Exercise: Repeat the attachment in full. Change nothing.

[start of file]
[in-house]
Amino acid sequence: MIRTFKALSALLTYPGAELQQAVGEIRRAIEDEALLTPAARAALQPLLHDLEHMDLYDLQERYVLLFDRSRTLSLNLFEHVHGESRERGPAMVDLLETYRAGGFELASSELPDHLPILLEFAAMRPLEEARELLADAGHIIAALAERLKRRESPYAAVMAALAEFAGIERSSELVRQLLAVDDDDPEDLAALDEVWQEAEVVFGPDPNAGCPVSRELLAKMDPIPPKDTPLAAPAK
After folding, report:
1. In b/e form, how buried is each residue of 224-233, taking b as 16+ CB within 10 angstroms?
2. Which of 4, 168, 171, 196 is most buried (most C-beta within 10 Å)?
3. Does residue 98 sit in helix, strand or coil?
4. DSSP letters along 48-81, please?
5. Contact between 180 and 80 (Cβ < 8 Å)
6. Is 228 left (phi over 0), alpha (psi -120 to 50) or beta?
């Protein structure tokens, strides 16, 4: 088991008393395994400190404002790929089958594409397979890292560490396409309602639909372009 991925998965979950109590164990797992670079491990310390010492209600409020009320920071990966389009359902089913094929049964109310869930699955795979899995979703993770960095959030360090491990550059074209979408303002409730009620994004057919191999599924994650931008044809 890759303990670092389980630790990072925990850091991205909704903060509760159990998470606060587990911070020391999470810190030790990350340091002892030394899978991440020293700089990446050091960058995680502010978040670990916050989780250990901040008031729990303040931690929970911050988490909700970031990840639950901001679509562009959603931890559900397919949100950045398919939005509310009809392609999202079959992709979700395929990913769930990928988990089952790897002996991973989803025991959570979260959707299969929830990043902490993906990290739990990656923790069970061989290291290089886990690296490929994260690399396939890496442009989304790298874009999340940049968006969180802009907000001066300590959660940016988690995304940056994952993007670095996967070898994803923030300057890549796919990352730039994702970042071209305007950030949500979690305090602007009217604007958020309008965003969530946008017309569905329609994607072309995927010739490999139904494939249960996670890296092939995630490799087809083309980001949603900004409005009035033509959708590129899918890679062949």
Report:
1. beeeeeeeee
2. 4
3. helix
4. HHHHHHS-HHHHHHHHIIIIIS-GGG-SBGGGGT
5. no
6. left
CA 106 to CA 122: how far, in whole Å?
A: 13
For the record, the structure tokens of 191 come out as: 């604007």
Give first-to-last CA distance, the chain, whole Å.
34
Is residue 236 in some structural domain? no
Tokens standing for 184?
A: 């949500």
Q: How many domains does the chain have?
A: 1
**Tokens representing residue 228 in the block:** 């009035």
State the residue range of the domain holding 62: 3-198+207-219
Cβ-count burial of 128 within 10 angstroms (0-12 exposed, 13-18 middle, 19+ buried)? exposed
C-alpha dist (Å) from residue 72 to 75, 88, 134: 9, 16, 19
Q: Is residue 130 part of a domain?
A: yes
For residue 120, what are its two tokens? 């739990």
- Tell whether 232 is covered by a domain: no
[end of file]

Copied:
[in-house]
Amino acid sequence: MIRTFKALSALLTYPGAELQQAVGEIRRAIEDEALLTPAARAALQPLLHDLEHMDLYDLQERYVLLFDRSRTLSLNLFEHVHGESRERGPAMVDLLETYRAGGFELASSELPDHLPILLEFAAMRPLEEARELLADAGHIIAALAERLKRRESPYAAVMAALAEFAGIERSSELVRQLLAVDDDDPEDLAALDEVWQEAEVVFGPDPNAGCPVSRELLAKMDPIPPKDTPLAAPAK
After folding, report:
1. In b/e form, how buried is each residue of 224-233, taking b as 16+ CB within 10 angstroms?
2. Which of 4, 168, 171, 196 is most buried (most C-beta within 10 Å)?
3. Does residue 98 sit in helix, strand or coil?
4. DSSP letters along 48-81, please?
5. Contact between 180 and 80 (Cβ < 8 Å)
6. Is 228 left (phi over 0), alpha (psi -120 to 50) or beta?
């Protein structure tokens, strides 16, 4: 088991008393395994400190404002790929089958594409397979890292560490396409309602639909372009 991925998965979950109590164990797992670079491990310390010492209600409020009320920071990966389009359902089913094929049964109310869930699955795979899995979703993770960095959030360090491990550059074209979408303002409730009620994004057919191999599924994650931008044809 890759303990670092389980630790990072925990850091991205909704903060509760159990998470606060587990911070020391999470810190030790990350340091002892030394899978991440020293700089990446050091960058995680502010978040670990916050989780250990901040008031729990303040931690929970911050988490909700970031990840639950901001679509562009959603931890559900397919949100950045398919939005509310009809392609999202079959992709979700395929990913769930990928988990089952790897002996991973989803025991959570979260959707299969929830990043902490993906990290739990990656923790069970061989290291290089886990690296490929994260690399396939890496442009989304790298874009999340940049968006969180802009907000001066300590959660940016988690995304940056994952993007670095996967070898994803923030300057890549796919990352730039994702970042071209305007950030949500979690305090602007009217604007958020309008965003969530946008017309569905329609994607072309995927010739490999139904494939249960996670890296092939995630490799087809083309980001949603900004409005009035033509959708590129899918890679062949």
Report:
1. beeeeeeeee
2. 4
3. helix
4. HHHHHHS-HHHHHHHHIIIIIS-GGG-SBGGGGT
5. no
6. left
CA 106 to CA 122: how far, in whole Å?
A: 13
For the record, the structure tokens of 191 come out as: 């604007």
Give first-to-last CA distance, the chain, whole Å.
34
Is residue 236 in some structural domain? no
Tokens standing for 184?
A: 């949500």
Q: How many domains does the chain have?
A: 1
**Tokens representing residue 228 in the block:** 């009035």
State the residue range of the domain holding 62: 3-198+207-219
Cβ-count burial of 128 within 10 angstroms (0-12 exposed, 13-18 middle, 19+ buried)? exposed
C-alpha dist (Å) from residue 72 to 75, 88, 134: 9, 16, 19
Q: Is residue 130 part of a domain?
A: yes
For residue 120, what are its two tokens? 């739990």
- Tell whether 232 is covered by a domain: no